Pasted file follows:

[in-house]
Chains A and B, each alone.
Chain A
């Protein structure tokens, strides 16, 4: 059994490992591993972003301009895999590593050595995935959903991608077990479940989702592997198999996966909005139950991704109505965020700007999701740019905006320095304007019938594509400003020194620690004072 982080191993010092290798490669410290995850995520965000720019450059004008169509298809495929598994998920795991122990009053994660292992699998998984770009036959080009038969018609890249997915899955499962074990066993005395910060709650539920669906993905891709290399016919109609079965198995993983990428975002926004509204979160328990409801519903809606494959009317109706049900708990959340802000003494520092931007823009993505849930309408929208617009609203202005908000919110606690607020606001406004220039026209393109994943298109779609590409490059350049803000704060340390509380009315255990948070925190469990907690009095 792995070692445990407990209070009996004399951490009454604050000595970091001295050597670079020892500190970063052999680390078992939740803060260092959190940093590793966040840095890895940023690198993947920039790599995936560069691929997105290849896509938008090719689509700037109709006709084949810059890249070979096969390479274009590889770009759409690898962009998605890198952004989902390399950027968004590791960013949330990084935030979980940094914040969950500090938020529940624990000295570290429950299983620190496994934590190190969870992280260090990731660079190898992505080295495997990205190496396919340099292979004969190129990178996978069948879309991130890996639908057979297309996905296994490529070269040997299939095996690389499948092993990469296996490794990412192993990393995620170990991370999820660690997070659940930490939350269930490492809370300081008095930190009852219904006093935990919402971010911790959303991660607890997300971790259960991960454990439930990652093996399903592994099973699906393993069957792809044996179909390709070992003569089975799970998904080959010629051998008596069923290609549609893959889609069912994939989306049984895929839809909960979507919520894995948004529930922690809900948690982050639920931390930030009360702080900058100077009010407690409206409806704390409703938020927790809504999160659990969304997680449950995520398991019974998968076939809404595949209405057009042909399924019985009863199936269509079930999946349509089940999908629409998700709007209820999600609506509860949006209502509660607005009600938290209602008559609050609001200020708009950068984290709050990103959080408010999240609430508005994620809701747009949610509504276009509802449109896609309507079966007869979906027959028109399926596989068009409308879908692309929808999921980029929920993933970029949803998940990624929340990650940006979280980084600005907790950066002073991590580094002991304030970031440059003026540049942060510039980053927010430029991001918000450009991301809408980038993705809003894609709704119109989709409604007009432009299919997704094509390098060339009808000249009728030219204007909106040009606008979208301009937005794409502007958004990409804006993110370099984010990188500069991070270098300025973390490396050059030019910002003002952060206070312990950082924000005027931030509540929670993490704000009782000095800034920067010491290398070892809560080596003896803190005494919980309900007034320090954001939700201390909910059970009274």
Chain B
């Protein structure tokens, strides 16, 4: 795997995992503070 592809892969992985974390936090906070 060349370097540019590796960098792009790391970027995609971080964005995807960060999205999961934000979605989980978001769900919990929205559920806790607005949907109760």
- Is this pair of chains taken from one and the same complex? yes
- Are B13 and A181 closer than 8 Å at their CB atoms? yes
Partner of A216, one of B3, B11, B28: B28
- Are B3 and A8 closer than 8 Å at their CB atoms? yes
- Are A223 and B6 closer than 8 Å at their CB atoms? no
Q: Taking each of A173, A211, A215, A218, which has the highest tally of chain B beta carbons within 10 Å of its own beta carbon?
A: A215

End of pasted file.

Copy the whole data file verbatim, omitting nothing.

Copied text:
[in-house]
Chains A and B, each alone.
Chain A
């Protein structure tokens, strides 16, 4: 059994490992591993972003301009895999590593050595995935959903991608077990479940989702592997198999996966909005139950991704109505965020700007999701740019905006320095304007019938594509400003020194620690004072 982080191993010092290798490669410290995850995520965000720019450059004008169509298809495929598994998920795991122990009053994660292992699998998984770009036959080009038969018609890249997915899955499962074990066993005395910060709650539920669906993905891709290399016919109609079965198995993983990428975002926004509204979160328990409801519903809606494959009317109706049900708990959340802000003494520092931007823009993505849930309408929208617009609203202005908000919110606690607020606001406004220039026209393109994943298109779609590409490059350049803000704060340390509380009315255990948070925190469990907690009095 792995070692445990407990209070009996004399951490009454604050000595970091001295050597670079020892500190970063052999680390078992939740803060260092959190940093590793966040840095890895940023690198993947920039790599995936560069691929997105290849896509938008090719689509700037109709006709084949810059890249070979096969390479274009590889770009759409690898962009998605890198952004989902390399950027968004590791960013949330990084935030979980940094914040969950500090938020529940624990000295570290429950299983620190496994934590190190969870992280260090990731660079190898992505080295495997990205190496396919340099292979004969190129990178996978069948879309991130890996639908057979297309996905296994490529070269040997299939095996690389499948092993990469296996490794990412192993990393995620170990991370999820660690997070659940930490939350269930490492809370300081008095930190009852219904006093935990919402971010911790959303991660607890997300971790259960991960454990439930990652093996399903592994099973699906393993069957792809044996179909390709070992003569089975799970998904080959010629051998008596069923290609549609893959889609069912994939989306049984895929839809909960979507919520894995948004529930922690809900948690982050639920931390930030009360702080900058100077009010407690409206409806704390409703938020927790809504999160659990969304997680449950995520398991019974998968076939809404595949209405057009042909399924019985009863199936269509079930999946349509089940999908629409998700709007209820999600609506509860949006209502509660607005009600938290209602008559609050609001200020708009950068984290709050990103959080408010999240609430508005994620809701747009949610509504276009509802449109896609309507079966007869979906027959028109399926596989068009409308879908692309929808999921980029929920993933970029949803998940990624929340990650940006979280980084600005907790950066002073991590580094002991304030970031440059003026540049942060510039980053927010430029991001918000450009991301809408980038993705809003894609709704119109989709409604007009432009299919997704094509390098060339009808000249009728030219204007909106040009606008979208301009937005794409502007958004990409804006993110370099984010990188500069991070270098300025973390490396050059030019910002003002952060206070312990950082924000005027931030509540929670993490704000009782000095800034920067010491290398070892809560080596003896803190005494919980309900007034320090954001939700201390909910059970009274």
Chain B
């Protein structure tokens, strides 16, 4: 795997995992503070 592809892969992985974390936090906070 060349370097540019590796960098792009790391970027995609971080964005995807960060999205999961934000979605989980978001769900919990929205559920806790607005949907109760």
- Is this pair of chains taken from one and the same complex? yes
- Are B13 and A181 closer than 8 Å at their CB atoms? yes
Partner of A216, one of B3, B11, B28: B28
- Are B3 and A8 closer than 8 Å at their CB atoms? yes
- Are A223 and B6 closer than 8 Å at their CB atoms? no
Q: Taking each of A173, A211, A215, A218, which has the highest tally of chain B beta carbons within 10 Å of its own beta carbon?
A: A215